10

I'm thinking of storing my mnemonic seed on a few pieces of paper in secure locations, but I'm worried other people might find one of them and steal my funds. What are assume ways I can disguise this mnemonic seed so that people don't realize what it is if they find it?

  • 4
    It's possible to make an encrypted mnemonic seed. That can be combined with other techniques for even greater security. – PyRulez Aug 27 '16 at 21:51
  • It should also be possible to use a secret sharing scheme with them. – PyRulez Aug 27 '16 at 21:52
7

You can do various things. Only the words' prefix matters (3 letter prefix for English, 4 letter prefix for all other languages I think), so you can modify the words (ie, if your seed has "marble", you might choose to replace it with "marked", for example). Now, you have what's essentially a stream of bits, and any general way of "hiding" these apply.

You could encrypt it (eg, GPG with your own key).

You could apply some "well known" transformation, such as writing it down backwards, etc.

You could apply steganography to store it into a picture of a cat.

You could do all these things at once.

But the thing to remember is that the more you process your seed, the more likely it is that you will misremember one of the steps. Could be you'll lose your GPG key, forget your password, delete the cat picture, forget it was the 4th word you swapped with the 8th, etc. So if you do any of this, the exact steps to "unhide" the seed are as important as the seed itself.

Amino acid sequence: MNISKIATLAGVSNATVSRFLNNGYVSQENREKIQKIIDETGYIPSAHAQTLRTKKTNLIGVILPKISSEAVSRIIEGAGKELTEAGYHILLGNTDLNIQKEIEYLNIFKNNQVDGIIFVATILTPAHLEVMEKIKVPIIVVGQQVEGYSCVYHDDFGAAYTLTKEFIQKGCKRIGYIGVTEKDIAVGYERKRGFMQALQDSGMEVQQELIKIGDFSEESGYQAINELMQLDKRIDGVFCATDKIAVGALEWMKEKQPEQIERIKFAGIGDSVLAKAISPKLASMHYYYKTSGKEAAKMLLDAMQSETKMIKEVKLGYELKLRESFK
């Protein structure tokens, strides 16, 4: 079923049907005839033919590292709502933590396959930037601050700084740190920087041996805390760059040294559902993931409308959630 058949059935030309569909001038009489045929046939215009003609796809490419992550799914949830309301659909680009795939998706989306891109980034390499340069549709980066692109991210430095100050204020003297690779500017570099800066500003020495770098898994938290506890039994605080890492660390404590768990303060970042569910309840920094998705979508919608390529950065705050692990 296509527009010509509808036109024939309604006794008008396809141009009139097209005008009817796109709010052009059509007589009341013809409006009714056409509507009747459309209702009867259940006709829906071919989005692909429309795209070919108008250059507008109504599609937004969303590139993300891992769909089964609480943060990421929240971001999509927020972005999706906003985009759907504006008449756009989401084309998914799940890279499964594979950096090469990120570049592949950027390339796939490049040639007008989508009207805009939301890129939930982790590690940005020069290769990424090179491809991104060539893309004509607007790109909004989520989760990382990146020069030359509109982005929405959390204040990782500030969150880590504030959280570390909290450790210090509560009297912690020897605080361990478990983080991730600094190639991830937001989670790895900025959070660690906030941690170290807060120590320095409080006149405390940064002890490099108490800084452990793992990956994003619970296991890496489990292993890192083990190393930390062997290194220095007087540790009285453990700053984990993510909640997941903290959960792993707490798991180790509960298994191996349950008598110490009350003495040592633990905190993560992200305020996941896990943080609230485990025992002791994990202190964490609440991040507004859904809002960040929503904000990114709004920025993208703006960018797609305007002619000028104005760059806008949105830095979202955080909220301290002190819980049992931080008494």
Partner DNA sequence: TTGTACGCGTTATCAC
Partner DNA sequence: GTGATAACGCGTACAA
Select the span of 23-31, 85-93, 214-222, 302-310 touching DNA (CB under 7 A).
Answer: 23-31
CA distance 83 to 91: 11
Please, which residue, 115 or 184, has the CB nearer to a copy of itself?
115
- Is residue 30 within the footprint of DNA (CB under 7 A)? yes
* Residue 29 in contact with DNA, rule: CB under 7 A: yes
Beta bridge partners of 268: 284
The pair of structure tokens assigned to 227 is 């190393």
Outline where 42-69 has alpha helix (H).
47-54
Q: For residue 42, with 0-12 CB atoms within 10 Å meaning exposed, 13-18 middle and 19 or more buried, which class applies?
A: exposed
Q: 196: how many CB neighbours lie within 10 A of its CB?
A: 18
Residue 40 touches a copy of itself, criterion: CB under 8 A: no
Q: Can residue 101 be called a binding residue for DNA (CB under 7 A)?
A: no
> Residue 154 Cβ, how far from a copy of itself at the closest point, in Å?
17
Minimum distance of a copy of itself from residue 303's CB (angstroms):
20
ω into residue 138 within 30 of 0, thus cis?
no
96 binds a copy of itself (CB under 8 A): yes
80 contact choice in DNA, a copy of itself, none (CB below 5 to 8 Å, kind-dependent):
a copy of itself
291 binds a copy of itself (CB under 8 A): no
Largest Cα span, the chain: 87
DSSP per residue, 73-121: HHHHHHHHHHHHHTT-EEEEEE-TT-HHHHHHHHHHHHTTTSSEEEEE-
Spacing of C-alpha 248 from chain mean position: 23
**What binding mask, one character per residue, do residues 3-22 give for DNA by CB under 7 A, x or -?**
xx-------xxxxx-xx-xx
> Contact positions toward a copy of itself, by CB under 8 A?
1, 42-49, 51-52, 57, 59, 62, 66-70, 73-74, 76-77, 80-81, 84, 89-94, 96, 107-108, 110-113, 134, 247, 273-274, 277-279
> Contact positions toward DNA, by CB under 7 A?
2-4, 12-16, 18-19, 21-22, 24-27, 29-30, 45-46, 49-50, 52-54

15

From fluffyponyza here:

Due to the nature of the key you can write it as part of something else - eg. write a fake love letter to your wife so that the 24 words on the left hand side are your key or whatever. Then write a bunch of extra love letters. That way, if your deposit box is ever discovered, it'll be disregarded as unimportant love letters".

Also, only the 3 or 4 first letters (3 for english, 4 for other languages) of each word matters

  • 3
    3 letters for English, 4 letters for other languages. It depends on the language. It is difficult to get a good list with 3-prefix uniqueness. – user36303 Aug 27 '16 at 21:44
  • Thx. I edited the answer. – Moroccan Engineer Aug 27 '16 at 22:01
  • Couldn't you just hash the letter to get a private key? – PyRulez Aug 28 '16 at 0:15
  • 3
    Another option is to encrypt the mnemonic seed and print the encrypted string. – user4 Aug 28 '16 at 2:46
7

https://xmr.llcoins.net/ has some ways to add security measures to a mnemonic seed. This means even at attacker thinks they found your seed, they need to try and break the additional security.

Additionally, a mnemonic seed can be created from any 256 bit number, so any transformations you apply to a private key that don't change the bit length will have a seed. This allows a wide variety of cryptographic techniques to be used.

6

You could come up with your own mapping of mnemonic seed words, so that a seed word maps to a custom seed word that you've chosen. The mapping can be the first 25 words of your favorite book, a letter, etc. I'm not sure how valid this is, but even if someone got ahold of your seed, they wouldn't be able to restore your wallet. All this does is essentially require that someone find both the seed and mappings at the same time which is unlikely.

5

Using Shamir's Secret Sharing Scheme (SSSS) is probably a good alternative, if you want to hide the keys.

http://point-at-infinity.org/ssss/

Nearly all Linux distributions have the SSSS package, on Ubuntu,

sudo apt-get install ssss

You can do an m of n split, and include thresholds in case you are worried about losing 1 of the keys for extra redundancy.

It would also be good for situations like wills too.

  • 1
    Thanks ferretinjapan. I'd never heard of ssss. Very cool. – c789 Feb 28 '17 at 20:54
3

You could use a substitution cipher such as Rot13 or any of the others (Rot7, Rot8, etc). That's a simple way of disguising it.

  • 2
    Providing links or explanations for Rot13 Rot7, Rot8, etc would improve your answer – Smart Kid Aug 29 '16 at 7:50

Your Answer

By clicking “Post Your Answer”, you agree to our terms of service, privacy policy and cookie policy